The system is a classless, levelless system that focusses primarily on stats and then skills derived from said stats (Very Similar to Deadlands system at this time, Deadlands is a good system it just has a very defined/limited setting).  It should suit the powergamers very well, but leave the specialists wanting more.  I am trying to leave system and setting as two seperate things at this time.  Yet one without the other is not a complete game.    

From the ultimate attributes I have compiled a big list of possible stats(I should be using the term attributes).  

Physical - Body, Beauty, Strength, Resistence, Stamina, Dexterity, Agility, Flexability, Speed, Density, Vigor, Hand/Eye, Reflex, Physique,

Mental - Mind, Intelligence, Drive, Education Level, Awareness, Perception, Intellect, Intuition, Conscience, Cogitive, Demeanor,

Social - Persuasion, Charisma, Animal Magnetism, Influence, Conviction, Depravity, Lust, Singing

Soul - Will, Luck, Passion, Drive, Faith, Spiritual, Aura,

(I have probably left a good amount of possible stats out)

It is quite obvious that making each one a stat is impossible.  And, the seperation of setting and system makes for complication.  So my implied question from before was, what is a good assortment of attributes to complicate and be encompassing enough to adaquately define a character, but be simple enough that the majority of gamers will be able to figure the system out.  

The question of what to test is answered as:  Wether a character attempting to perform action, will succeed or not.  

Remember that the skills are being based directly from the stats, for the system.  I have been segmenting practically all skills into what I believe are the vital components.  Even martial arts have been segmented up into an array of skills.  I am attempting to avoid modifiers of most sorts, except for the modification of Target Numbers (Used to define the difficulty of performing an action.)

Example Skills based upon strength: Grip, Smithing, Arm Strikes, Leg Strikes, Melee 1-handed, Melee 2-Handed, Jumping, and Wrestling.    

Each stat being assigned an argument nDt (n being number of dice and t being dice type), where n represents the learning and training of the stat and t representing the actual potential possessed.  

Physical combat is the most important part of the system to me, but I don't want it to be limited to that alone.  

I like the idea that people could be defined in secret documents.

Could it be argued that I need to completely list all possible skills that could be available, and then attempt to choose which stats should be used based upon number of skills relating to each stat?  

Ksarith
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Scourge108
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« Reply #7 on: February 18, 2004, 09:18:21 PM »

So will attributes be used for anything other than skills?  Or is that the focus, that what attributes you have determine what skills you will be best at?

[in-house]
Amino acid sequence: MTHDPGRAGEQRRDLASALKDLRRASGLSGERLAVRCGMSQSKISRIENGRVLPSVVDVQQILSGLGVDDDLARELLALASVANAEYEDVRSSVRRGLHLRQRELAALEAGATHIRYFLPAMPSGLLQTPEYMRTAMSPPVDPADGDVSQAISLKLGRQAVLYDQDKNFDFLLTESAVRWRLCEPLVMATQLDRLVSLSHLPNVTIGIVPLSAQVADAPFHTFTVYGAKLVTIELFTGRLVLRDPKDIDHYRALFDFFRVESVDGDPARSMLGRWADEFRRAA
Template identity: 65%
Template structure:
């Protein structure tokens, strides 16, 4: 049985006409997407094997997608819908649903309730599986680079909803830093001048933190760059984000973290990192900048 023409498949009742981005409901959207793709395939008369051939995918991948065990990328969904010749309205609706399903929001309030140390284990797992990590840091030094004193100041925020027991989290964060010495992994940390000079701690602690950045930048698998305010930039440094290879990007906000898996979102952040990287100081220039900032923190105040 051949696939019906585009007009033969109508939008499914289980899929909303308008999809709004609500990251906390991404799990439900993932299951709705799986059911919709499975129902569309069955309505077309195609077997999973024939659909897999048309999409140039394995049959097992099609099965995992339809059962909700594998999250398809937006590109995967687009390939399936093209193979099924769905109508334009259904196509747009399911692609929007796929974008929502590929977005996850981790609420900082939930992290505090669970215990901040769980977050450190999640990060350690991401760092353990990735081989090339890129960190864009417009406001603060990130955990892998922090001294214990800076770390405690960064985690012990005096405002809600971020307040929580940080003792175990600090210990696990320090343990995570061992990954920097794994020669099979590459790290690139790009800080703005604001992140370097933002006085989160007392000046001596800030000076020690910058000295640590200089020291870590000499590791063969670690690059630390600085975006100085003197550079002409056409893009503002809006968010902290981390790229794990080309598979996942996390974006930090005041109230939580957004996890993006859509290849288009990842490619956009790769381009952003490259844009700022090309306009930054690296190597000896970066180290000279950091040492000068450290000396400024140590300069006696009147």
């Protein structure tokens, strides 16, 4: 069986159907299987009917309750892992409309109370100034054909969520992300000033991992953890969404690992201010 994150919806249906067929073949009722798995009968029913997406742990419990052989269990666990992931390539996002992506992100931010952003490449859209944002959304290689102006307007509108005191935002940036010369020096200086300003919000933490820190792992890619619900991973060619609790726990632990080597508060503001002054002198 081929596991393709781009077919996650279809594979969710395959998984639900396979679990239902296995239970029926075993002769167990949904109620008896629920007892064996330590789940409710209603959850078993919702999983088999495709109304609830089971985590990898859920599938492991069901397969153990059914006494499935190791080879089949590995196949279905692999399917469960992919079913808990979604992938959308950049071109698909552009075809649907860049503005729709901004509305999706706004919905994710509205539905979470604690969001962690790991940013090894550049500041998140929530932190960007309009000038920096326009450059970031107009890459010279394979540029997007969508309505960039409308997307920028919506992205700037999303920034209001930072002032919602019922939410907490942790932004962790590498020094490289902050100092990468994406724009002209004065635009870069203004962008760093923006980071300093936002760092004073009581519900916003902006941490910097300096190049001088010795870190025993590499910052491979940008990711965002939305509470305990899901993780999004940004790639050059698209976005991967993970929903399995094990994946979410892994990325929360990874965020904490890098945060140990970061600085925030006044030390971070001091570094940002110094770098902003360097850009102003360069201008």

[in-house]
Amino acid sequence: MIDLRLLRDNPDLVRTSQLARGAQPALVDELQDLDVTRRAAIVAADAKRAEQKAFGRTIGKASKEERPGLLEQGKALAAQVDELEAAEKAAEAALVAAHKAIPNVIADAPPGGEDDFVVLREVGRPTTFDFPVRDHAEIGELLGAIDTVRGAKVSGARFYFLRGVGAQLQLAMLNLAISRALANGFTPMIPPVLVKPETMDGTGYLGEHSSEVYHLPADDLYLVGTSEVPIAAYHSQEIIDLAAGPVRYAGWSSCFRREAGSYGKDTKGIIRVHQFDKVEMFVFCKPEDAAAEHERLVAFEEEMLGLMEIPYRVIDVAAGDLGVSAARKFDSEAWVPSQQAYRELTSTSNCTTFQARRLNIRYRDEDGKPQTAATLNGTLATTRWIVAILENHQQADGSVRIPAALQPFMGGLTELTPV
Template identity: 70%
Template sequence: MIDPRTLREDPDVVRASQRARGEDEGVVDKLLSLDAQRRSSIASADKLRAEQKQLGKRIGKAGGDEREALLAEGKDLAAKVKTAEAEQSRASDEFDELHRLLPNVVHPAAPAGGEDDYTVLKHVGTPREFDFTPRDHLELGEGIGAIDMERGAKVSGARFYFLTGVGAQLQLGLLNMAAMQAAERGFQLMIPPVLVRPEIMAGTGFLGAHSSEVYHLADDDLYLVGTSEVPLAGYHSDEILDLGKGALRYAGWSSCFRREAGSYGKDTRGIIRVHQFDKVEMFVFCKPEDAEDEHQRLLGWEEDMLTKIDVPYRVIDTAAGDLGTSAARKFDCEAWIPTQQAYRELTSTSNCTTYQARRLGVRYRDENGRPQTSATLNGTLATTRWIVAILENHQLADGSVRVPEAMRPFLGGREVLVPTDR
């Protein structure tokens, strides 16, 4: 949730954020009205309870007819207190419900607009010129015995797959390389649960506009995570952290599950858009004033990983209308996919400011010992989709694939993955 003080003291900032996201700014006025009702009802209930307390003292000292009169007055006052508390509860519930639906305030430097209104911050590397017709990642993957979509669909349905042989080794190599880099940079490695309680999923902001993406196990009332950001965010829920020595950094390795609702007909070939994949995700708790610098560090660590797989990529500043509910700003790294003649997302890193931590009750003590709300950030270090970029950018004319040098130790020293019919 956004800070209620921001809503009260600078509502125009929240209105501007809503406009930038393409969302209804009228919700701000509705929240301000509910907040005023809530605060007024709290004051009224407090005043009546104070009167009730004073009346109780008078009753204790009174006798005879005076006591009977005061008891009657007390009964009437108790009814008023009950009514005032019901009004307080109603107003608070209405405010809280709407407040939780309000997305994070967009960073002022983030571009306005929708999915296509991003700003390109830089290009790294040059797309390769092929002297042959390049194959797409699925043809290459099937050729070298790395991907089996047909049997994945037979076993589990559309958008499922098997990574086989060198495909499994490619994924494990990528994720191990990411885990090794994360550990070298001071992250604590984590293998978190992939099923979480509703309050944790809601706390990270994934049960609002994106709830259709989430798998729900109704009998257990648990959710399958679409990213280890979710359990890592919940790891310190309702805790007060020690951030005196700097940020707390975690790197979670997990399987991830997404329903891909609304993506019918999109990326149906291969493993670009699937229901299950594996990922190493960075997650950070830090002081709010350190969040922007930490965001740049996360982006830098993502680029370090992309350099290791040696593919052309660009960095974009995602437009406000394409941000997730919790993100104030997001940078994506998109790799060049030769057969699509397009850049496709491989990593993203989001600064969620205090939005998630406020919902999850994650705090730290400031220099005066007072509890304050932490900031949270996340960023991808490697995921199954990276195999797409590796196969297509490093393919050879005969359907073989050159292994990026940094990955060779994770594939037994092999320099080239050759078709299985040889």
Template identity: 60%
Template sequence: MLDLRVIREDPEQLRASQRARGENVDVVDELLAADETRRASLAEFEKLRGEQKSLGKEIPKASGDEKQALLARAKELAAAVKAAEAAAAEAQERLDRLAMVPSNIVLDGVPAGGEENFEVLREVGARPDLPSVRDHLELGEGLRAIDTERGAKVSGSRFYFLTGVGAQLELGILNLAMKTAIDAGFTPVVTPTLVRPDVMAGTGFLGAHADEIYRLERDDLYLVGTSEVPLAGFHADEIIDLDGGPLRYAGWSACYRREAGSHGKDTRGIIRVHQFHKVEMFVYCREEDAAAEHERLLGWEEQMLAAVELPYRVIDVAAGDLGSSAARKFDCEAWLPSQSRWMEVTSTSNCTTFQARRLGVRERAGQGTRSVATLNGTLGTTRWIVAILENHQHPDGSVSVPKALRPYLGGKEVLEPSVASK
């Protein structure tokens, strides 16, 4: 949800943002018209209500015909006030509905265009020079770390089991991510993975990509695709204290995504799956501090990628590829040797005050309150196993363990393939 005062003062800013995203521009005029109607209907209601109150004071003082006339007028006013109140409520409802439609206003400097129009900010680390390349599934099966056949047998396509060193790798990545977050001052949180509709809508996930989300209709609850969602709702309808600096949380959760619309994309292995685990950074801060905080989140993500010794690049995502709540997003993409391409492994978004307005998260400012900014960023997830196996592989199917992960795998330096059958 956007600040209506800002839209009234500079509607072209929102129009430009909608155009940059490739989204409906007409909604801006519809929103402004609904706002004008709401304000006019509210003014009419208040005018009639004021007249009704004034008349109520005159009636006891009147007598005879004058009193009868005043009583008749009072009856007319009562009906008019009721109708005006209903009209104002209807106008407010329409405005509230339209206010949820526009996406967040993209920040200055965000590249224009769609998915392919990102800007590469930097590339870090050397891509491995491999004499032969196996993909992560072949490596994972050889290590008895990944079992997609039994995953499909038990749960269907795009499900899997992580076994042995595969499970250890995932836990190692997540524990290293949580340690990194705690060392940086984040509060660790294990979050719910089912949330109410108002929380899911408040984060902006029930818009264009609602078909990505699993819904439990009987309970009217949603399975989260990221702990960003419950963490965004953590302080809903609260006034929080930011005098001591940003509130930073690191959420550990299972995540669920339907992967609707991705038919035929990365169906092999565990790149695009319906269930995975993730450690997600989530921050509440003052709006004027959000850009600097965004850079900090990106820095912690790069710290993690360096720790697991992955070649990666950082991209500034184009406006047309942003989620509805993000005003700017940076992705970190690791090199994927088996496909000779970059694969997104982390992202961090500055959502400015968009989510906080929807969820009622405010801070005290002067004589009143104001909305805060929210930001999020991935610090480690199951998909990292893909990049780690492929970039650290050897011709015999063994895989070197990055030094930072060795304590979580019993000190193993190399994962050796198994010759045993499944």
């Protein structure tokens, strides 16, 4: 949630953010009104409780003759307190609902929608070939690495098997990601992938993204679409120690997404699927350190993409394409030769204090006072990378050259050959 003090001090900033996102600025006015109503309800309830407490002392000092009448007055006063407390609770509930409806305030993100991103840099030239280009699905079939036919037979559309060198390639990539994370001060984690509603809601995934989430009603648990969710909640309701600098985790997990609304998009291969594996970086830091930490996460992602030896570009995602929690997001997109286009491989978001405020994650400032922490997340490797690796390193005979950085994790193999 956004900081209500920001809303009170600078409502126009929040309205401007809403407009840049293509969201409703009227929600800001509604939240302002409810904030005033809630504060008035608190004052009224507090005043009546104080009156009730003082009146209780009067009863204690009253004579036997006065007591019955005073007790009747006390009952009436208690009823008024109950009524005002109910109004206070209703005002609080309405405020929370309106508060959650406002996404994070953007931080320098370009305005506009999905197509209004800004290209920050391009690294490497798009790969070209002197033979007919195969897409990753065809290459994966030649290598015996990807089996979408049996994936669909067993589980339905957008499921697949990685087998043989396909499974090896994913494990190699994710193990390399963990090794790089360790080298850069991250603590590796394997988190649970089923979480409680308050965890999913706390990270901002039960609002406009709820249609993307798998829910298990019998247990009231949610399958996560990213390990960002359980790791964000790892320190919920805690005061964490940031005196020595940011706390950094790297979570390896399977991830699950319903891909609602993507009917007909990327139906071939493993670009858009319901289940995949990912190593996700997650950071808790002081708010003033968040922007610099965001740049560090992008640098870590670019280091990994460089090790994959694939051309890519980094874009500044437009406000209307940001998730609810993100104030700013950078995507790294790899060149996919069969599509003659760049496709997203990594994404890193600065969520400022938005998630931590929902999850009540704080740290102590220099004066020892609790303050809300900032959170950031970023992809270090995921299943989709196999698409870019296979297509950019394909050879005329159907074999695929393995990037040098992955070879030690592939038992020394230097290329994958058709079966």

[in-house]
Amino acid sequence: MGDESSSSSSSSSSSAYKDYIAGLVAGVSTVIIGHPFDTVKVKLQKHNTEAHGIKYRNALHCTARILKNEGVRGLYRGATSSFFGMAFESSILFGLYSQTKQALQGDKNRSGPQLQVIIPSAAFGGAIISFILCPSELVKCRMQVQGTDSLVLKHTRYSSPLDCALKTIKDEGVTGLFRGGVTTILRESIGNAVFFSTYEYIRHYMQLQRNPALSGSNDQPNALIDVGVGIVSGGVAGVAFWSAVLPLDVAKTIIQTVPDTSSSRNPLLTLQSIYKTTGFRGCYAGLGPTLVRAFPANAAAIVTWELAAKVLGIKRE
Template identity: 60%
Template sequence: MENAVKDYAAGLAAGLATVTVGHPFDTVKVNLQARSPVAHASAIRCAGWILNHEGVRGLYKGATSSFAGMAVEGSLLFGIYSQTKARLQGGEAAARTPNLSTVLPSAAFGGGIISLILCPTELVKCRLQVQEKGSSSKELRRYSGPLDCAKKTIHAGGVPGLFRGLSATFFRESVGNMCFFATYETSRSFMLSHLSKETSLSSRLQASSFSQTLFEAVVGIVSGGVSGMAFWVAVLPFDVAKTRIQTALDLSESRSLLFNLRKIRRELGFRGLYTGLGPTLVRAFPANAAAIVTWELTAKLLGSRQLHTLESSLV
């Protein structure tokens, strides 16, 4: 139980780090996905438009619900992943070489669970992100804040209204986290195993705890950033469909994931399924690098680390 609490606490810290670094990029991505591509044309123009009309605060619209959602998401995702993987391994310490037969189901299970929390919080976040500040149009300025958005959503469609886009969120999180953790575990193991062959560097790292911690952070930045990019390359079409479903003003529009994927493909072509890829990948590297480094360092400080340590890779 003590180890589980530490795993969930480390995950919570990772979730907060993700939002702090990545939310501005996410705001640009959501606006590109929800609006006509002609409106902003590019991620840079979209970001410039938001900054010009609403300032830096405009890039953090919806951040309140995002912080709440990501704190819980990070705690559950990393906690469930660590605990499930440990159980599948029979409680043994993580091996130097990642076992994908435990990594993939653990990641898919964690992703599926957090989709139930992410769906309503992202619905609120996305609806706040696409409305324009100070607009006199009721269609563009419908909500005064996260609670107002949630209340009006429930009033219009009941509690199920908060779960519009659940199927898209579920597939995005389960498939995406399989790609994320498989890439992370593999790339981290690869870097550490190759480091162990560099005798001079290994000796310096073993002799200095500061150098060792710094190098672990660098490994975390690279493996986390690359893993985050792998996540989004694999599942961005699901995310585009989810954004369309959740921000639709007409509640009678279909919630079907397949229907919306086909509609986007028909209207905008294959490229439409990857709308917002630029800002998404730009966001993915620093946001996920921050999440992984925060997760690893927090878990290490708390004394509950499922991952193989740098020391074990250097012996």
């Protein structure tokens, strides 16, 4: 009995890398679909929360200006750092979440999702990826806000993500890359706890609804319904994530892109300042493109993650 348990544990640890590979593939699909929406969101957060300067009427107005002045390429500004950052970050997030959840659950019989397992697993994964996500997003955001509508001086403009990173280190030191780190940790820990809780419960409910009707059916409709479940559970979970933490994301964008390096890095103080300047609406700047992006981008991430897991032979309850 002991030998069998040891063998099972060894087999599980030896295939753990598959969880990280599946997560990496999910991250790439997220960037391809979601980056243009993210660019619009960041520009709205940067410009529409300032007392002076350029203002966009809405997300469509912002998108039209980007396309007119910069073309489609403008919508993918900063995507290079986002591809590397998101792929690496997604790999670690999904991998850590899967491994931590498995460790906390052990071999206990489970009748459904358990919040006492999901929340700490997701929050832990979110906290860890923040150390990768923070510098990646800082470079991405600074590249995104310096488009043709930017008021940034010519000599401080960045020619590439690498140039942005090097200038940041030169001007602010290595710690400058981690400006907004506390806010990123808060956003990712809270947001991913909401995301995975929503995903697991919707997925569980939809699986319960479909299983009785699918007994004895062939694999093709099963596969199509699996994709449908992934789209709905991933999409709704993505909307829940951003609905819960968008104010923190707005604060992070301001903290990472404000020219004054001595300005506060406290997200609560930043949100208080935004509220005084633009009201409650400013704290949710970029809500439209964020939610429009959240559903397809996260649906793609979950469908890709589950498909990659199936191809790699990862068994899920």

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Greg Jensen
M. J. Young
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« Reply #8 on: February 19, 2004, 12:20:35 AM »

Quote from: ksarith
Could it be argued that I need to completely list all possible skills that could be available, and then attempt to choose which stats should be used based upon number of skills relating to each stat?

Assuming what you mean is whether this is the only way to do it, absolutely not. (The alternative interpretation, the answer is, of course, you can argue for that if you like.)

You might want to take a look at Multiverser; right now it's still being sold (direct from company) at 40% off--information on the Multiverser forum at the Gaming Outpost web sited, thread on limited time discount, probably a couple days before that's pulled. I note that a number of the attributes you list come from there (via the other thread), so seeing how we use attributes and how we relate them to skills might be helpful.

We divide all skills into four categories--we call them technological, psionic, magic, and body. For each category we identify three attributes that connect to that category. Whenever a player wants to use a skill, he uses the best attribute of the three that are in that category.

Tech is a good example. Here the three attributes are intellect, intuition, and education level. We say that some characters are just good at figuring things out, some have an intuitive sense for how to use devices, and some have studied enough that they've probably seen something like it--whichever is your character's strength, that's how he does things in the tech area, and it colors his results. Similarly, in the bod area, the scores are strength, agility, and will power, and so you do bod skills by force, finesse, or determination.

So you don't need to connect each skill to an attribute, particularly since it limits the value of the skills. After all, is a punch different if it is all force as opposed to if it's well aimed and well timed? It's still a punch, and it can still knock you on the ground, even though the individual delivering it did so very differently. Thus creating categories of skills and related collections of attributes can give you more variety in the color of things while reducing the amount of material you have to provide.

There's a lot more in the rules, which incidentally do attempt to explain the reasoning behind many of the design decisions within the text.